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Why Exxon Executives Deserve the Ultimate Punishment

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On October 16, 1946, shortly after the conclusion of the Nuremberg Trials, ten prominent members of the political and military leadership of Nazi Germany were marched to the gallows. Some of the former elite Nazis did not die quickly of an intended broken neck but strangled slowly. Since the trapdoor was too small, several of the condemned suffered bloody head injuries when they hit its sides while falling through.

What sort of grisly sentence shall we impose on the masters of the great capitalist carbon-industrial complex for their efforts to exterminate human (and other forms of) life by the turning the planet into a giant Greenhouse Gas chamber? The Nazis, to be sure, to be sure, killed in the tens of million, including six million Jews murdered with explicit genocidal intent. (The Allies and the U.S. also committed monumental war crimes, including the appalling atom-bombing of Hiroshima and Nagasaki). But anthropogenic – really capitalogenic – global warming threatens to end the human experiment altogether. Exterminist Ecocide is hard to beat when it comes to criminality.

“Oh,” one defense of the corporate Greenhouse Gassers runs, “but nobody really knew about the danger to life posed by the rapacious drilling and burning of fossil fuels until quite recently.”

Wrong. The story of climate change and the oil corporations is very much like the story of lung cancer and the big tobacco firms. Millions of Americans – including both of my parents – grew up convinced that it was okay to smoke cigarettes for years only to learn later that tobacco products were highly lethal. Their understanding of that terrible fact was tragically set back by a tobacco industry that worked for decades to knowingly obstruct the truth with a spurious message of scientific uncertainty and by advertisements that presented cigarettes as a sign and even source of healthy vitality. The tobacco companies made these commercials with full knowledge of the medical research showing that science showed that cigarettes were sending millions to early graves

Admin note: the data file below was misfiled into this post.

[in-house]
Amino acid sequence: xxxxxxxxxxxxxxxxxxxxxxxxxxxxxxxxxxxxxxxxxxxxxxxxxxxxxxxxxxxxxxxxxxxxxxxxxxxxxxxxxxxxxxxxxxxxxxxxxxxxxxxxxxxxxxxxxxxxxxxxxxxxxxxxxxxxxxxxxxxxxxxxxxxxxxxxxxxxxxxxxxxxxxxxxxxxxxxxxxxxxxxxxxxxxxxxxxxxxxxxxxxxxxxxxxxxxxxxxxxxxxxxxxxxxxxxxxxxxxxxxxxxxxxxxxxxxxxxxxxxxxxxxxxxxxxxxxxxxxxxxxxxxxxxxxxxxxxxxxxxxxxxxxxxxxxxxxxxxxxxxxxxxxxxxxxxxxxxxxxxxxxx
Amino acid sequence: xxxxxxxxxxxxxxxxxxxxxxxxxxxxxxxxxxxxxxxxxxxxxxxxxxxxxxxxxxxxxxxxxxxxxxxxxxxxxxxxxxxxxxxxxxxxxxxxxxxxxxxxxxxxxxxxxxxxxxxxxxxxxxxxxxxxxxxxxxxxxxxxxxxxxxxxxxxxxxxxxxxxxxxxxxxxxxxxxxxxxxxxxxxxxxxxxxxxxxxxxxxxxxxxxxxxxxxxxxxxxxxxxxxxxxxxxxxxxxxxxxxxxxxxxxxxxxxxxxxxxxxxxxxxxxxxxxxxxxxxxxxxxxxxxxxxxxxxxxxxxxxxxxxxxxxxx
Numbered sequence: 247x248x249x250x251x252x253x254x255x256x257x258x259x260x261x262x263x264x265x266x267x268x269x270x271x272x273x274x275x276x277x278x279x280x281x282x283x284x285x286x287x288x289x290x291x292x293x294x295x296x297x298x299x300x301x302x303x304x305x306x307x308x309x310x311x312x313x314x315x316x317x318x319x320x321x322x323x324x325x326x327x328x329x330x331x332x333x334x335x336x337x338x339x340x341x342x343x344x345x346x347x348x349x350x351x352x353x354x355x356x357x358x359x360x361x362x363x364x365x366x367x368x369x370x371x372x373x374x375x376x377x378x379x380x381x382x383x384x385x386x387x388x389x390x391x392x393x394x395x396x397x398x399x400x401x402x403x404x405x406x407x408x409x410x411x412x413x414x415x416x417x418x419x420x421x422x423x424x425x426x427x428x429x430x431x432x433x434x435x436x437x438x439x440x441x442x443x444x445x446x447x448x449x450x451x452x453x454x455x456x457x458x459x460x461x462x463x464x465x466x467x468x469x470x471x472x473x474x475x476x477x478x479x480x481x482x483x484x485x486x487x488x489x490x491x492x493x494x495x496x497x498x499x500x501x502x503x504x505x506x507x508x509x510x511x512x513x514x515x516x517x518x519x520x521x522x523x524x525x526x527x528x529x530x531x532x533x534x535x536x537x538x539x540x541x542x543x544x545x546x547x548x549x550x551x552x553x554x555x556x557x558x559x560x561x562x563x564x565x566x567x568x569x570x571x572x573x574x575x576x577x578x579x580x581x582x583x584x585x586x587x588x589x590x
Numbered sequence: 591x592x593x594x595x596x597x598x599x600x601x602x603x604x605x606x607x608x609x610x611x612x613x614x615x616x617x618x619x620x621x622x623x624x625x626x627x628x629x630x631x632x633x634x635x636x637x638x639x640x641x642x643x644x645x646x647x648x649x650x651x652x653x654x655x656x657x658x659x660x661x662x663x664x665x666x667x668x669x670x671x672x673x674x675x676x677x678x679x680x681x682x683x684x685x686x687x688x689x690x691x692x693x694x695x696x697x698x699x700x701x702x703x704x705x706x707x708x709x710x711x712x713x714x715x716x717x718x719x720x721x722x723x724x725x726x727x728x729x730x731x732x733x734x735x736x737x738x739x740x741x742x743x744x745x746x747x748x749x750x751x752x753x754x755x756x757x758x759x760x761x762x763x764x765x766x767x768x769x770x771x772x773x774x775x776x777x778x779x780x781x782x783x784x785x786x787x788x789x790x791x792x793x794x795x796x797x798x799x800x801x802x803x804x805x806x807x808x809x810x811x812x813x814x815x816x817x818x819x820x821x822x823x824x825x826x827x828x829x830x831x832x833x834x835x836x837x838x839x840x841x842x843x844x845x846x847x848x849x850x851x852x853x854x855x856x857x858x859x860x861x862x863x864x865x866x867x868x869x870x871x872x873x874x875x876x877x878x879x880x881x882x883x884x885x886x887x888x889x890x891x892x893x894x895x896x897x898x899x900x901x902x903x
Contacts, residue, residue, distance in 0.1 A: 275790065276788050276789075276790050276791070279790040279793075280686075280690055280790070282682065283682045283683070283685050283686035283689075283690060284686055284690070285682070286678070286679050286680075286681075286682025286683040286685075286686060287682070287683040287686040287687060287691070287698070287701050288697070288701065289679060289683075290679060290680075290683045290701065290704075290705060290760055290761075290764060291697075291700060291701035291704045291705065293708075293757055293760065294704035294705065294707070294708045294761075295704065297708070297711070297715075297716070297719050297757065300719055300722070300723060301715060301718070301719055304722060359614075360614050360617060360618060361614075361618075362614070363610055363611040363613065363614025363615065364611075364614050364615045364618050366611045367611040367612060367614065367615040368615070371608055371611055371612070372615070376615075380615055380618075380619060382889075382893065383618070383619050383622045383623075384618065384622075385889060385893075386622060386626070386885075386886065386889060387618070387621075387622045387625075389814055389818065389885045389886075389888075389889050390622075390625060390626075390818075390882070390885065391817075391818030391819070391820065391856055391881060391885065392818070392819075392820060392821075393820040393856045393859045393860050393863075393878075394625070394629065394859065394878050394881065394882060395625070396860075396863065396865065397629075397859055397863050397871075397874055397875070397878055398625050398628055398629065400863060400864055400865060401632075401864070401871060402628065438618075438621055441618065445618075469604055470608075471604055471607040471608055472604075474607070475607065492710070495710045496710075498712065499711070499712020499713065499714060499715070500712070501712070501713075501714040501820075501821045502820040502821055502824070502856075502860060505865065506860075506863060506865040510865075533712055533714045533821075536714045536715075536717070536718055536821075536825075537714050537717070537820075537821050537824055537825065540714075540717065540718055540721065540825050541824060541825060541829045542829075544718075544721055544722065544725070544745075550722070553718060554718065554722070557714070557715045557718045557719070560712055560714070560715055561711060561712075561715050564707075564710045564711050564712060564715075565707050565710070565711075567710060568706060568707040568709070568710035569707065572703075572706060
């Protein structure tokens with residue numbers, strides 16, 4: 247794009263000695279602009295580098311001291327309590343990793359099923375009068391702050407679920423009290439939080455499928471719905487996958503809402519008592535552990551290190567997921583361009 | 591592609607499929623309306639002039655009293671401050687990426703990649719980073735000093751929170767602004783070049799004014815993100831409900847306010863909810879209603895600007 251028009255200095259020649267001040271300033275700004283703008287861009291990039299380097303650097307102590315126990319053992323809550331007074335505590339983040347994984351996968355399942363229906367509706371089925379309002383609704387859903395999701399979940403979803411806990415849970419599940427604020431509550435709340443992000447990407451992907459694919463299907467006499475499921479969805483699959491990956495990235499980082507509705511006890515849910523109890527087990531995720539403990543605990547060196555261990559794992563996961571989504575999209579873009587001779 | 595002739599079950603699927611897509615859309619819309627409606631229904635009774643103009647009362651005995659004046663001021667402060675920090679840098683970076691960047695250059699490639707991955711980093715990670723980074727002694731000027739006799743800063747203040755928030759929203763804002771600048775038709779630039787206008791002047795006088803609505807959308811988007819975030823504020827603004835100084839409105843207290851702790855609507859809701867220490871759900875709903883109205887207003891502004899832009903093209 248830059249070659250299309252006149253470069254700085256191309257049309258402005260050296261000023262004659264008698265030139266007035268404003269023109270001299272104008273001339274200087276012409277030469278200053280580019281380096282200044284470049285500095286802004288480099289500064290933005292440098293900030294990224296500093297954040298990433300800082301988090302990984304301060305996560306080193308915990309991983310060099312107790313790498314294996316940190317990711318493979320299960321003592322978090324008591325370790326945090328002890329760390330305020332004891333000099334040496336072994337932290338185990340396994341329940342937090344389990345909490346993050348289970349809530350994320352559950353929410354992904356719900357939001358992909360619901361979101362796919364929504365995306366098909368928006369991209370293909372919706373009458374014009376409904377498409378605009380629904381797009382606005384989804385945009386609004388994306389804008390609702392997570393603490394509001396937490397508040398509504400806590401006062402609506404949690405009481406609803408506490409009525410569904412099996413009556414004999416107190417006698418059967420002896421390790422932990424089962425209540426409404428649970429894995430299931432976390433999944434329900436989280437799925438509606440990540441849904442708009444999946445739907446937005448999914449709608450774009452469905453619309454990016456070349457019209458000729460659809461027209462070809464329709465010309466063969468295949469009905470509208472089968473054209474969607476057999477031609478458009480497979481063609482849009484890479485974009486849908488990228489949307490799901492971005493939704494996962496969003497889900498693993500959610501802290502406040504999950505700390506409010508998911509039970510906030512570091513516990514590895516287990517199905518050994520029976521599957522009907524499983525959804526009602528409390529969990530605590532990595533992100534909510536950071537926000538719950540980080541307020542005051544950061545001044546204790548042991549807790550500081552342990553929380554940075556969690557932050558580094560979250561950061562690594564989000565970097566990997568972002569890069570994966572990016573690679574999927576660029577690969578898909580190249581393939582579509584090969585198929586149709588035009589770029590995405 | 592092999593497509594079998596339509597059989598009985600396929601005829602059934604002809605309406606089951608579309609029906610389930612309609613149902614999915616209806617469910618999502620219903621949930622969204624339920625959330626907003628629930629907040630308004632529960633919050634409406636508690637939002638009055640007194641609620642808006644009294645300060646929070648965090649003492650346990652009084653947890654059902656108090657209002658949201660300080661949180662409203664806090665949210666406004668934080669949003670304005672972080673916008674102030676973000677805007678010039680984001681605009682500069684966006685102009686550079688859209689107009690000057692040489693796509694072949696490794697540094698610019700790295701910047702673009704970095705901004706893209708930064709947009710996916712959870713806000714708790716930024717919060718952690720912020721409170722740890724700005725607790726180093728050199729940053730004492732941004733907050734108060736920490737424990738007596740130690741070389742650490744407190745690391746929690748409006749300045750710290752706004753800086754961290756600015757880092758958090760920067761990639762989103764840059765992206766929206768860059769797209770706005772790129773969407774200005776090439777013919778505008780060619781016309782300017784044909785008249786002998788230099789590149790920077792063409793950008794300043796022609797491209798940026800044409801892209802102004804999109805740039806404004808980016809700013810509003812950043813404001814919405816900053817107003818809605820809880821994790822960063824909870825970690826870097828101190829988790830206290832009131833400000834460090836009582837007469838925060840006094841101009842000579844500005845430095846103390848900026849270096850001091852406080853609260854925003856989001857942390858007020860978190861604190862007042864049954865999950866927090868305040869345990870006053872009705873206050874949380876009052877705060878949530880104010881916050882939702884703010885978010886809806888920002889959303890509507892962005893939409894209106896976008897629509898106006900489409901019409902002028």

Inside Climate News (ICN), a Pulitzer Prize-winning nonprofit news agency, has recently showed that the same basic thing has occurred with global warming. In a series of articles based on internal documents from Exxon Mobil going back to the 1970s and on interviews with former company scientists and employees, ICN shows that Exxon’s “own research confirmed fossil fuels’ role in global warming decades ago.” Yes, decades ago – during the late 1970s to be precise. Here is a key passage from ICN’s investigative reporting:

“At a meeting in Exxon Corporation’s headquarters, a senior company scientist named James F. Black addressed an audience of powerful oilmen. Speaking without a text as he flipped through detailed slides, Black delivered a sobering message: carbon dioxide from the world’s use of fossil fuels would warm the planet and could eventually endanger humanity. ‘In the first place, there is general scientific agreement that the most likely manner in which mankind is influencing the global climate is through carbon dioxide release from the burning of fossil fuels,’ Black told Exxon’s Management Committee, according to a written version he recorded later. It was July 1977 when Exxon’s leaders received this blunt assessment, well before most of the world had heard of the looming climate crisis.”